What would you do if someone you loved was comatose and there was a machine that could bring them back to life? Would you play with nature in the hope to see, live and experience life with your loved one? What if it brought them back in a “different” way?
The Machine is James Smyth’s fourth novel and a story of a modern day Frankenstein. It is one in which you could not help but feel a sense of dread and foreboding as the events unfolded and made you question motivations around love and loss.
Set in the near dystopian future on the Isle of Wight, Beth, lives a bleak and solitary life. She struggles in her job as a high school teacher with disinterested and unmotivated students. Her life is a lonely existence since losing her husband, Vic to The Machine.
Living in fear and dread of her neighbours and the menacing gangs of teens who rule the streets, her only hope is to get back her husband and her life. As a soldier who fought in a recent war, Vic had his traumatic memories purged by The Machine which in the process left him severely brain damaged and in need of constant care.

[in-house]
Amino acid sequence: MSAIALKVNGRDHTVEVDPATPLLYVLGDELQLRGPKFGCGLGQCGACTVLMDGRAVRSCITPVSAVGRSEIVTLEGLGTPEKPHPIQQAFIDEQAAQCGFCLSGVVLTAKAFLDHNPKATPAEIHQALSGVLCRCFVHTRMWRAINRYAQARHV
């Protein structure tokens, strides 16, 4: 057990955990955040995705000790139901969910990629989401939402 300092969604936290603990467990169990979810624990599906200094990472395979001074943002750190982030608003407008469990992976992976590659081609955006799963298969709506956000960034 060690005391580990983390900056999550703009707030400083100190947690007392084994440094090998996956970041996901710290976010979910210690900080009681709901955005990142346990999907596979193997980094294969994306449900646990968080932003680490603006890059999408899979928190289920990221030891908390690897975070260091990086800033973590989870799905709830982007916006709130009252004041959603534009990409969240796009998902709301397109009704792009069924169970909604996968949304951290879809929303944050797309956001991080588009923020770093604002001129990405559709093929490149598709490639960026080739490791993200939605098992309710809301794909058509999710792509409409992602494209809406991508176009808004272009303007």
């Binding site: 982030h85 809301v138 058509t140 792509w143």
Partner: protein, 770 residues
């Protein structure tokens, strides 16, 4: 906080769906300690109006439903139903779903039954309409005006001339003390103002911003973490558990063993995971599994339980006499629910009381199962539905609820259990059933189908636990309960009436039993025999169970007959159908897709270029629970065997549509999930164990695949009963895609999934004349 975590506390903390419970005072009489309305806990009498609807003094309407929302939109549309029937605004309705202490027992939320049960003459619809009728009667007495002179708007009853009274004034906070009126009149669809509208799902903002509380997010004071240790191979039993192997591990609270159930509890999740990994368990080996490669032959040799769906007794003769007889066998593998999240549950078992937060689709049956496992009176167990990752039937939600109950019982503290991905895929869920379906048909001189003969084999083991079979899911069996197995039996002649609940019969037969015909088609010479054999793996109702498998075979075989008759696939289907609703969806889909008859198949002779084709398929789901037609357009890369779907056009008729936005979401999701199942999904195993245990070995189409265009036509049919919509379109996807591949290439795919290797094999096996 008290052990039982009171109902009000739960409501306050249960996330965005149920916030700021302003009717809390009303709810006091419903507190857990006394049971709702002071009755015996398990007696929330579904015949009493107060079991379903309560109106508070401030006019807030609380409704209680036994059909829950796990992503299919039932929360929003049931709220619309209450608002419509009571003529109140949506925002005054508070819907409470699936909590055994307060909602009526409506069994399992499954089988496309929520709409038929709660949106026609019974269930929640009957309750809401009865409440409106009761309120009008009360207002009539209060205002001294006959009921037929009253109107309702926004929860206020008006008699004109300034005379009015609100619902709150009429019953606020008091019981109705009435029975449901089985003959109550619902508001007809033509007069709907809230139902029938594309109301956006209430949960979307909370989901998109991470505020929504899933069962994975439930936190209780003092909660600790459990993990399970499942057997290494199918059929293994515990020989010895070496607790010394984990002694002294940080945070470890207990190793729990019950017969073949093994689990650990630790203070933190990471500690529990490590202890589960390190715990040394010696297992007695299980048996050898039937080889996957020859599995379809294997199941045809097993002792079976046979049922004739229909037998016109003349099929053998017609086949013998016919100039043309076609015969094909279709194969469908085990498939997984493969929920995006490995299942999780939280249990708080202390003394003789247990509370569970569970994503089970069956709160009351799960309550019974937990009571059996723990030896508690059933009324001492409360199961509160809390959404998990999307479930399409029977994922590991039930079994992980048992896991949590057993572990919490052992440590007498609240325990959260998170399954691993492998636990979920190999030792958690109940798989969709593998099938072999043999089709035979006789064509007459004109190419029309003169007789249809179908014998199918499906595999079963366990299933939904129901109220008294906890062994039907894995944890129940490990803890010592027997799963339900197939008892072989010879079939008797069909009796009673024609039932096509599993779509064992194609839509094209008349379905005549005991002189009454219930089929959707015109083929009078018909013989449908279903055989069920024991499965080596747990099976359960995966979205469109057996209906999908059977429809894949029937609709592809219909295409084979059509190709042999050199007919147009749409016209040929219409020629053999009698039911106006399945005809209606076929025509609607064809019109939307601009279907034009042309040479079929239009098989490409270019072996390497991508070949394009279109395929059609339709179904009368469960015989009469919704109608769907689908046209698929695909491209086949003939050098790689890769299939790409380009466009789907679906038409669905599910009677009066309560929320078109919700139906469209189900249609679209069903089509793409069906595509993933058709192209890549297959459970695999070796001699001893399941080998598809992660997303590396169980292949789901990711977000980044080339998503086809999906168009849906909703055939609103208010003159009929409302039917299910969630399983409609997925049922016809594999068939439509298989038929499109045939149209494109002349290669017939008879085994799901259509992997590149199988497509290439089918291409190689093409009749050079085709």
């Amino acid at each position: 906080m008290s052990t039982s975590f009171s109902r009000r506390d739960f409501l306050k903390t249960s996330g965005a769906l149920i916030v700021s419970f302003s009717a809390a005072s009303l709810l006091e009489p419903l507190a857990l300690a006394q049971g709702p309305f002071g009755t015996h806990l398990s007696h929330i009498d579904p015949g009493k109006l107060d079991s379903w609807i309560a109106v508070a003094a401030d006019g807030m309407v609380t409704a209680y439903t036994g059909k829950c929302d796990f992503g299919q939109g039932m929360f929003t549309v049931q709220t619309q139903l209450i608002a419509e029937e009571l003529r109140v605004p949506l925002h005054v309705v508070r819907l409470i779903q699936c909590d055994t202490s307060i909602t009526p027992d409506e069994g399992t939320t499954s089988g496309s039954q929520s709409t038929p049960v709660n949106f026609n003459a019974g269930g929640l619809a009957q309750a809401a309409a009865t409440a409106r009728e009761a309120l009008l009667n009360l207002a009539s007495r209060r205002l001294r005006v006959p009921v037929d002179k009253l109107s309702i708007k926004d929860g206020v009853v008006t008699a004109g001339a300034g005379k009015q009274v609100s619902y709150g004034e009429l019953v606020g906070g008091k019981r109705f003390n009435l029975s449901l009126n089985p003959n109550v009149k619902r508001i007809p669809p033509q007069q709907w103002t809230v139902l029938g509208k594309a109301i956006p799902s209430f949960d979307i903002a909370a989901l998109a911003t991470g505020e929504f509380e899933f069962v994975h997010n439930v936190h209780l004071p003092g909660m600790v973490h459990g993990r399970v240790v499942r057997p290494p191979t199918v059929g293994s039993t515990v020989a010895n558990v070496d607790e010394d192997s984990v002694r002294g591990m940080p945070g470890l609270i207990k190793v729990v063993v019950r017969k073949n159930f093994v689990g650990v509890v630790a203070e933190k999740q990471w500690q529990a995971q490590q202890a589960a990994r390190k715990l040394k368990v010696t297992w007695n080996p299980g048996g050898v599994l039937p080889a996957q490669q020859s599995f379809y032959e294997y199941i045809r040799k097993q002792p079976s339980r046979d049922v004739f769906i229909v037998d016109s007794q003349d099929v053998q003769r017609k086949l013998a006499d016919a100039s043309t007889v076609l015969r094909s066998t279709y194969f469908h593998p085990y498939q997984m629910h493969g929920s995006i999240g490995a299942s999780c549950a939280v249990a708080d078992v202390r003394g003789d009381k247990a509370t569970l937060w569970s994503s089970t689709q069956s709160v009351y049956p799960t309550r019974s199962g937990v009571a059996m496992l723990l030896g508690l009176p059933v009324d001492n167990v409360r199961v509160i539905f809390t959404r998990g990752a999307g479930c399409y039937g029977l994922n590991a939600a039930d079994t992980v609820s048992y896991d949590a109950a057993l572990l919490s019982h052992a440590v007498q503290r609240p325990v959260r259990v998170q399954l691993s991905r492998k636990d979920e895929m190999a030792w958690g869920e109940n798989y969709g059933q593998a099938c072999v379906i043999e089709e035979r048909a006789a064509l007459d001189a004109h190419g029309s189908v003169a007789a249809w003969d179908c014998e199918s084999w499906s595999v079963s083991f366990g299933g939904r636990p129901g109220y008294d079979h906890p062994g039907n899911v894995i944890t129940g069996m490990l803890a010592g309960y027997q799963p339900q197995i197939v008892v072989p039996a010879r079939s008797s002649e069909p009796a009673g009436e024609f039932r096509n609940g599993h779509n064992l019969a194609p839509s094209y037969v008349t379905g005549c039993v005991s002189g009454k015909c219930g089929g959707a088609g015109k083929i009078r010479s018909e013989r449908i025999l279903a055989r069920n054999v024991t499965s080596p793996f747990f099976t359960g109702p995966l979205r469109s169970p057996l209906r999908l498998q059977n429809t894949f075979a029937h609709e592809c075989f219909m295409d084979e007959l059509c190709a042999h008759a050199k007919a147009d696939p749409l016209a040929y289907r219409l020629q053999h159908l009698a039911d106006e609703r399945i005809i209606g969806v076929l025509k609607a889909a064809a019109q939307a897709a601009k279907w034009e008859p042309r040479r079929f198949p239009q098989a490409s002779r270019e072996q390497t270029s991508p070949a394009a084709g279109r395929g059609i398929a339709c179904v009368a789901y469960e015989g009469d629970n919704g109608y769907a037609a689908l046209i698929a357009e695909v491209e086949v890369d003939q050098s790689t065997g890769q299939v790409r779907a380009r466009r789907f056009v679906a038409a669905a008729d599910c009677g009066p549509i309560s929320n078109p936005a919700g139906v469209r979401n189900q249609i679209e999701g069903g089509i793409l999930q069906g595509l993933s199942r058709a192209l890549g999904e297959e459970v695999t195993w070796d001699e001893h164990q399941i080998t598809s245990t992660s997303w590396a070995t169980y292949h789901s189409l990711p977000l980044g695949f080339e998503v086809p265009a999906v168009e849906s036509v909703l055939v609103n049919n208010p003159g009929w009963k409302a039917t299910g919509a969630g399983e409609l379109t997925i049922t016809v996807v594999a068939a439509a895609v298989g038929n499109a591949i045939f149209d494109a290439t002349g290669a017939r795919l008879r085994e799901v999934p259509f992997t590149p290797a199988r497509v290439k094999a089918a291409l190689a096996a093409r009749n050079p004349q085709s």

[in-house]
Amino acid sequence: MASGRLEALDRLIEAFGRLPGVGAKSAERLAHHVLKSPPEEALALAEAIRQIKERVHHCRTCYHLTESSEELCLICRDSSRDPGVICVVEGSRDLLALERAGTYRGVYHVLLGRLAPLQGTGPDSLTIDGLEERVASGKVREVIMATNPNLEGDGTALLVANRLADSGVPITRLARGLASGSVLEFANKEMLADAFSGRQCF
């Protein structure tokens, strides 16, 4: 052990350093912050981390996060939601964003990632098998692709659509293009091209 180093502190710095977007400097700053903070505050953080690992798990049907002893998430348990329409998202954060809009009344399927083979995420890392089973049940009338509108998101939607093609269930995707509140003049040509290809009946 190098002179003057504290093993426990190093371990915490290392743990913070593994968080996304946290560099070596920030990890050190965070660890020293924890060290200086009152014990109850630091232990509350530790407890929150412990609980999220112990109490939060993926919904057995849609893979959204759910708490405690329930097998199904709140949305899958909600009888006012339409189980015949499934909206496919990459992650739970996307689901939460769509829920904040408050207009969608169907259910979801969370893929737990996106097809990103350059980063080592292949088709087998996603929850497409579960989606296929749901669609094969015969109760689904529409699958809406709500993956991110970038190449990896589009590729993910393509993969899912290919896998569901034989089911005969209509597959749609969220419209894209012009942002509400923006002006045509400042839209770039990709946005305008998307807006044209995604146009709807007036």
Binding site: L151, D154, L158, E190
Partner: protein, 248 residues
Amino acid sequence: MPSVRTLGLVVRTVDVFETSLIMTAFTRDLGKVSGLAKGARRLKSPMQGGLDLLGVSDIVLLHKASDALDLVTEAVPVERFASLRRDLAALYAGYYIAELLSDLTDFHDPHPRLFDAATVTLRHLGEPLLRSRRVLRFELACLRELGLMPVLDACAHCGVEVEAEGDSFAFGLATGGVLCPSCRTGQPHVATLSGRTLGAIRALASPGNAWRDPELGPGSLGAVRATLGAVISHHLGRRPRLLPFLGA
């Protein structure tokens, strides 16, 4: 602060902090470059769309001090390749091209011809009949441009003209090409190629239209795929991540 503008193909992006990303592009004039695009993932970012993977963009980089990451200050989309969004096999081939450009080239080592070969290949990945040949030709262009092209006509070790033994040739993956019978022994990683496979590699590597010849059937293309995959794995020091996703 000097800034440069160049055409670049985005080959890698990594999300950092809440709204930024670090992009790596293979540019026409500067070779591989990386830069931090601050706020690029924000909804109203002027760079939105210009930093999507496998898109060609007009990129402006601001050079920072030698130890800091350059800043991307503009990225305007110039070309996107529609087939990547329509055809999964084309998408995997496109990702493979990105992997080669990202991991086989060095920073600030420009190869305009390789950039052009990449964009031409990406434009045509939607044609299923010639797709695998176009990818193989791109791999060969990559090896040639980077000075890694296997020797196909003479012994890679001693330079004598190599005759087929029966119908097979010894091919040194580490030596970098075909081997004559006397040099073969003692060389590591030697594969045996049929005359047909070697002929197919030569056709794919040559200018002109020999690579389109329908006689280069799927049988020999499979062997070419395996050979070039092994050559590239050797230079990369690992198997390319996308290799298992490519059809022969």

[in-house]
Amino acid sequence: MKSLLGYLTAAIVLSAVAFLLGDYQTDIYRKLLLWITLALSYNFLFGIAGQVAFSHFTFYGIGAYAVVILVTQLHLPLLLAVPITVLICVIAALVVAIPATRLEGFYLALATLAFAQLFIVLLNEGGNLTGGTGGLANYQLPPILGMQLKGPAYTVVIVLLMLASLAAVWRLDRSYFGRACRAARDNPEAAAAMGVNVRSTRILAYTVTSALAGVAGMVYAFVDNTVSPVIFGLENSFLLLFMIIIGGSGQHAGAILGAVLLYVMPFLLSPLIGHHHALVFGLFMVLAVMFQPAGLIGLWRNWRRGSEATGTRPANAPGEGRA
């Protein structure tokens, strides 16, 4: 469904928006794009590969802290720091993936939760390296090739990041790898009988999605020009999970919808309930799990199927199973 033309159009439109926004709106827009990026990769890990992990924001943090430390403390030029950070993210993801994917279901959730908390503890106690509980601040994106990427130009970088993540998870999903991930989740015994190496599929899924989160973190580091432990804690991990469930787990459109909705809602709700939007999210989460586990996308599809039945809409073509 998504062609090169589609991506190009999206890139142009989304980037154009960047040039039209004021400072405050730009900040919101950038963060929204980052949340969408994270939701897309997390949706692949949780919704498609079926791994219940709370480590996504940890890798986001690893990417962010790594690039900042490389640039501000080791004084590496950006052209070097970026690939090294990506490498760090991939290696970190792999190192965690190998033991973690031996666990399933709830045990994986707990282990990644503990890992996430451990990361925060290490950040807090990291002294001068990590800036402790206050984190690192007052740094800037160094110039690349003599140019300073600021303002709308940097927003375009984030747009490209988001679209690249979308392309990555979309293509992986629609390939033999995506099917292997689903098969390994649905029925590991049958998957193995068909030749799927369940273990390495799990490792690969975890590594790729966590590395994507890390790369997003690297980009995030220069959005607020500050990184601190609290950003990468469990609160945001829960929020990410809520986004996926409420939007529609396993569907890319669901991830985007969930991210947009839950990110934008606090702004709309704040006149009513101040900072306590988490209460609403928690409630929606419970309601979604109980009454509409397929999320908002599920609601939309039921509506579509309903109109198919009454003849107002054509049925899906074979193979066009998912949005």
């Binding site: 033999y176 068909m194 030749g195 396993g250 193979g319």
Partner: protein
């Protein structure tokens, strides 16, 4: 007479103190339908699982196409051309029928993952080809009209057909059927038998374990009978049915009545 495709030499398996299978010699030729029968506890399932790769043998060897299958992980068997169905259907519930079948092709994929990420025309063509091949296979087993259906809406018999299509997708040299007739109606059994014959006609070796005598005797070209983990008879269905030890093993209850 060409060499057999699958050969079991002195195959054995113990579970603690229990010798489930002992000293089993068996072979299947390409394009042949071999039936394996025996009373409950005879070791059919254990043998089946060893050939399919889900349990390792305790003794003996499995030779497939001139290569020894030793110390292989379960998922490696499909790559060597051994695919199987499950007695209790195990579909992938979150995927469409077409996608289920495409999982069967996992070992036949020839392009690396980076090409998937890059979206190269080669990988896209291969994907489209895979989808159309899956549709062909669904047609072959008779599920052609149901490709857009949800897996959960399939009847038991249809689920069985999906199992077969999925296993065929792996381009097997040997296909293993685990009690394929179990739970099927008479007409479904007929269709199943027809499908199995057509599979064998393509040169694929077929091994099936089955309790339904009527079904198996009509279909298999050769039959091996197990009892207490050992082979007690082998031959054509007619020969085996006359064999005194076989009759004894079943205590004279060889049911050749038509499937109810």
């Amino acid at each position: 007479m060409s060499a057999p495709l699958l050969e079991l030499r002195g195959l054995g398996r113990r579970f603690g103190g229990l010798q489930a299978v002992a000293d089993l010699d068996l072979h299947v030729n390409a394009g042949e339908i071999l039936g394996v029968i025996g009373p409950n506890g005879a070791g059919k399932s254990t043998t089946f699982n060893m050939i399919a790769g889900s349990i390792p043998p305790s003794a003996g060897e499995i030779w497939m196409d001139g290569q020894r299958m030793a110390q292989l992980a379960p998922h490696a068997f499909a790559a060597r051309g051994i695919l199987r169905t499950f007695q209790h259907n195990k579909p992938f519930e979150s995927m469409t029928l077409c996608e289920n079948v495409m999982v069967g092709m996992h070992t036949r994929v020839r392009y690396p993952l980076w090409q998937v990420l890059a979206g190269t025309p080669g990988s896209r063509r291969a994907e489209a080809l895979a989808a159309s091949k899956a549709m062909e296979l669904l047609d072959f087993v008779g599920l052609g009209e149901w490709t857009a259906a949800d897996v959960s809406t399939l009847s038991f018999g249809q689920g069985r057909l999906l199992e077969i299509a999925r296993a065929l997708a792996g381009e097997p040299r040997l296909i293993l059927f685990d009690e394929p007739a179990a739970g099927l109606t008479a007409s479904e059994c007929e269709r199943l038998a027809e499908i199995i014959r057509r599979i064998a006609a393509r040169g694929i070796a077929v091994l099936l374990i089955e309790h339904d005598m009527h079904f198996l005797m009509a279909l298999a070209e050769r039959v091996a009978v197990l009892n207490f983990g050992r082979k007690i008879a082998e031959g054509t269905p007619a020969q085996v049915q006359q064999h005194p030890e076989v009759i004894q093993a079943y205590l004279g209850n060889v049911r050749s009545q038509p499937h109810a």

Beth learned that The Machine could also replenish memories and in a desperate attempt to get her husband back, she spends all her life savings to buy a Machine which had long since been banned by authorities.
As I read the book, I felt a heaviness and a sense of anxiety for Beth as she set up the Machine. Not only was she doing something illegal, she was playing with the laws of nature.
I felt as if I was the detached and horrified observer sitting in a quiet corner of her hot and claustrophobic apartment watching her every move as she tried to restore her husband’s memories little by little every day. Part of me wanted to shake some sense into her but another part of me understood her motivation to try and return to the happier life and the security that she once knew.
I found this book disconcerting as it made me question my own motives around love and loss. Every time I picked up the book, I knew that I was going to once again delve into a bleak and desperate world set in the near future. The constant hum of the Machine also added to the reader experience as you felt that the Machine was actually alive, watching you, watching Beth. No wonder Beth thought that the risk to defy the laws of nature was worth it if it meant reliving the life that she had with her husband. I think I would have done the same too just to get back one more special moment with loved ones.
What would you have done?
Helen Blunden is a learning and development consultant specialising in performance consulting and networked learning. She works with organisations to implement enterprise social networking, collaboration tools and emerging technologies to improve business performance. When she’s not working, you can find her knitting, at the movies or dreaming about more world travel.
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